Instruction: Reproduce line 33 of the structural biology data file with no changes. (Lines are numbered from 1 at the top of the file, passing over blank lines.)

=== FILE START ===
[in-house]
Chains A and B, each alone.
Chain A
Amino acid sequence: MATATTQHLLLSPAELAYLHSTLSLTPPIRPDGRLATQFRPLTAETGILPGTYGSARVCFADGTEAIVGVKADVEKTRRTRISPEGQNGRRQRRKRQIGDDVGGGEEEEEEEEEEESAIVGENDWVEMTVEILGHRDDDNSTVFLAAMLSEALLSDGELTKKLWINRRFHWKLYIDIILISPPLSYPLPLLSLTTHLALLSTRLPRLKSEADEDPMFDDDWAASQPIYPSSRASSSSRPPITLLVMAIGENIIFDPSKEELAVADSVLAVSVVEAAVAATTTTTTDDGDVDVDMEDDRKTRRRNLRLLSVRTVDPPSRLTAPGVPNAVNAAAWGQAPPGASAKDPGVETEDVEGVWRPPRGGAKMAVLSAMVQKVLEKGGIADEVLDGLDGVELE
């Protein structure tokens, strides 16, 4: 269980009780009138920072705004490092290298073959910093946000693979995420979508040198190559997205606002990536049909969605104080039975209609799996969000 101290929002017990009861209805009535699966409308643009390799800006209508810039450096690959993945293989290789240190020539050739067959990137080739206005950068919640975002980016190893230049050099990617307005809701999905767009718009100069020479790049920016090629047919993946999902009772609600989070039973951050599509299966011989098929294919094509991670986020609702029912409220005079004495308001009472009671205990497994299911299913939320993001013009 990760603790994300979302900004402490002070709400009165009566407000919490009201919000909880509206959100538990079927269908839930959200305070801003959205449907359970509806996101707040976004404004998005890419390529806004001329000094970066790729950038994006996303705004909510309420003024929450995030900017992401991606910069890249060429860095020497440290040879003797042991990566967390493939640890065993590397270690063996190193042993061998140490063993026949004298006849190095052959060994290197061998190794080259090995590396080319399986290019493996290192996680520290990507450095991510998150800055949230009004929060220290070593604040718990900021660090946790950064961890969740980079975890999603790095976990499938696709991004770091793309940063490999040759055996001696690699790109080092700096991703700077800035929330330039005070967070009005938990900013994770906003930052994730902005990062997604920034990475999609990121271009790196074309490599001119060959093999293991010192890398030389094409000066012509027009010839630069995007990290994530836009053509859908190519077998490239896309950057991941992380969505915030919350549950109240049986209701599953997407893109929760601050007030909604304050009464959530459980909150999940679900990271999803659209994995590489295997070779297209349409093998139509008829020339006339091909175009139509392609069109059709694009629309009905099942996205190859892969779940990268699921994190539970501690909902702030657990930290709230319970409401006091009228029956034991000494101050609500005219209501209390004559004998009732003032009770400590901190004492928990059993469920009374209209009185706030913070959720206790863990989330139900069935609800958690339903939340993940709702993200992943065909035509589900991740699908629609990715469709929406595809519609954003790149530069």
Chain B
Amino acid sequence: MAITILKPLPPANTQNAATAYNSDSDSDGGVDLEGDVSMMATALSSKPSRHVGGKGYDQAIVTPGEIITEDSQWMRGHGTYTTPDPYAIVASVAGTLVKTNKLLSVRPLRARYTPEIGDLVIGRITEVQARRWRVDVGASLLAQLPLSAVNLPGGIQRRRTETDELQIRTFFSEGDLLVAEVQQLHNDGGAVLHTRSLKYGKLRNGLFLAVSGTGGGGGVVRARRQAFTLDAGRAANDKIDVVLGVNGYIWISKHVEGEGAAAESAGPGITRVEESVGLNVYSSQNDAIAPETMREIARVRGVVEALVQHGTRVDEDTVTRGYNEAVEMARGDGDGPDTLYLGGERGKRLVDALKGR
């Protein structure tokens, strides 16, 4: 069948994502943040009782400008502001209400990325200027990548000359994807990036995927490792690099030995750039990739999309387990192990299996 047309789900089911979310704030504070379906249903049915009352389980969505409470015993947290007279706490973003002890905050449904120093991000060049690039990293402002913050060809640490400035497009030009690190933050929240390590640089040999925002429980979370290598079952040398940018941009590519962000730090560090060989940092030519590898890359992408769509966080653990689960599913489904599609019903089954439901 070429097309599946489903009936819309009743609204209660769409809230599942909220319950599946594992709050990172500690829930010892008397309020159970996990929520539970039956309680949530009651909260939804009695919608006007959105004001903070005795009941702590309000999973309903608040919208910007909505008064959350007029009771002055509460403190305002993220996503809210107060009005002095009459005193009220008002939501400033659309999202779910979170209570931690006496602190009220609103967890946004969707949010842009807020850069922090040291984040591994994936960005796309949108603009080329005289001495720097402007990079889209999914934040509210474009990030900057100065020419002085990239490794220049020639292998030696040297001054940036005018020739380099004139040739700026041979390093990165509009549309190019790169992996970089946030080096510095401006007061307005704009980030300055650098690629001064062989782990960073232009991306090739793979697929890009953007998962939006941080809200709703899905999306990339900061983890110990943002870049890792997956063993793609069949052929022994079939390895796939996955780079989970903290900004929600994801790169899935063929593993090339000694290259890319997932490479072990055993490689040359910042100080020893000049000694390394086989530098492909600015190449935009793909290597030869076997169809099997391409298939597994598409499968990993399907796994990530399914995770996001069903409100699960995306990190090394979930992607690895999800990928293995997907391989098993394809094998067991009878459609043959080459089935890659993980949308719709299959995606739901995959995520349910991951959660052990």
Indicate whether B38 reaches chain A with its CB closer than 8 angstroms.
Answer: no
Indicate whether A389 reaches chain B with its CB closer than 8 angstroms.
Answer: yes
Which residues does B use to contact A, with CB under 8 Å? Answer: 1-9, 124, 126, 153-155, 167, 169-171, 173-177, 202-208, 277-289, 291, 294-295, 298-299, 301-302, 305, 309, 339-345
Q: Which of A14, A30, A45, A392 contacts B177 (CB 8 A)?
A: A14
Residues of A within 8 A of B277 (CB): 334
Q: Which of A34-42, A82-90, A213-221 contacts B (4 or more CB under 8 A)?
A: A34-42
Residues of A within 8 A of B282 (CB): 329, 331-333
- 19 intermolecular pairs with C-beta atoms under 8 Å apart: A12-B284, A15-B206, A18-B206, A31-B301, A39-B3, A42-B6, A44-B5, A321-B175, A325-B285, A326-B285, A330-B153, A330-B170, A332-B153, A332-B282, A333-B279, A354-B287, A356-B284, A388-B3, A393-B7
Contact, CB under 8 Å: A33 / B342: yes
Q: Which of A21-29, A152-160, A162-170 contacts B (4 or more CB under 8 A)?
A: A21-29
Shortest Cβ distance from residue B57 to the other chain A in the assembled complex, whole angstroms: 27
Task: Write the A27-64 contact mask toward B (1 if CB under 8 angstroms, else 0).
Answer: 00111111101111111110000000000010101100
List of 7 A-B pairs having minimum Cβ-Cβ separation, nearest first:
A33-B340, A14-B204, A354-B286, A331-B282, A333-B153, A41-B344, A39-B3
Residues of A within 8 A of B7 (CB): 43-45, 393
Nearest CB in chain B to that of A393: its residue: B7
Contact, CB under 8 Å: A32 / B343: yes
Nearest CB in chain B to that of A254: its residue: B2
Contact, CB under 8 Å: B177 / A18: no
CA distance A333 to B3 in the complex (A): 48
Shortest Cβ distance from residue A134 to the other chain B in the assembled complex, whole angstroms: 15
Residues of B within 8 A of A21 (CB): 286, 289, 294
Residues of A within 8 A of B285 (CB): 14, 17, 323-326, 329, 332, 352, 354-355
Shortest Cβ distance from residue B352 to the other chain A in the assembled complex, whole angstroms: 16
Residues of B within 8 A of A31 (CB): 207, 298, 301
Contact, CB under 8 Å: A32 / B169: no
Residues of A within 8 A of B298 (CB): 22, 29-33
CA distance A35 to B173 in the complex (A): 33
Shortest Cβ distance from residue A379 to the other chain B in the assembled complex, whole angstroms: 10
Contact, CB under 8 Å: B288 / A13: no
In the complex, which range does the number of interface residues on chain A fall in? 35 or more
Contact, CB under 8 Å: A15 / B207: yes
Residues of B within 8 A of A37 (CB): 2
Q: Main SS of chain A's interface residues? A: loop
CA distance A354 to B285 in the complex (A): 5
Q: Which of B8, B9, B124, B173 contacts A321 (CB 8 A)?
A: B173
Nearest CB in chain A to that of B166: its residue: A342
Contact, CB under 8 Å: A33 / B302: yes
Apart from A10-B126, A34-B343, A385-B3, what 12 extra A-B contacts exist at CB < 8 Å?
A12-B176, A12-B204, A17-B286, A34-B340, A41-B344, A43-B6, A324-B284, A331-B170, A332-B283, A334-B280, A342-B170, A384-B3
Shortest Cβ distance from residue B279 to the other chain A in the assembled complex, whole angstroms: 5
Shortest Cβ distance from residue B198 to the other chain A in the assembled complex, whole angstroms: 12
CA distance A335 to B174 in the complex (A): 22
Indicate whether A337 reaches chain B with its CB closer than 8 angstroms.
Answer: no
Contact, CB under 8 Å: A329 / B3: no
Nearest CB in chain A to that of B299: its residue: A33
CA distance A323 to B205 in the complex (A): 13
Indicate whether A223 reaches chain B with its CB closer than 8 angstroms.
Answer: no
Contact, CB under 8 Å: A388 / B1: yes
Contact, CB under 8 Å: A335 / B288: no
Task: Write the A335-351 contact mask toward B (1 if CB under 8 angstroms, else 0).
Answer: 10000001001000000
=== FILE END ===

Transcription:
Contact, CB under 8 Å: B177 / A18: no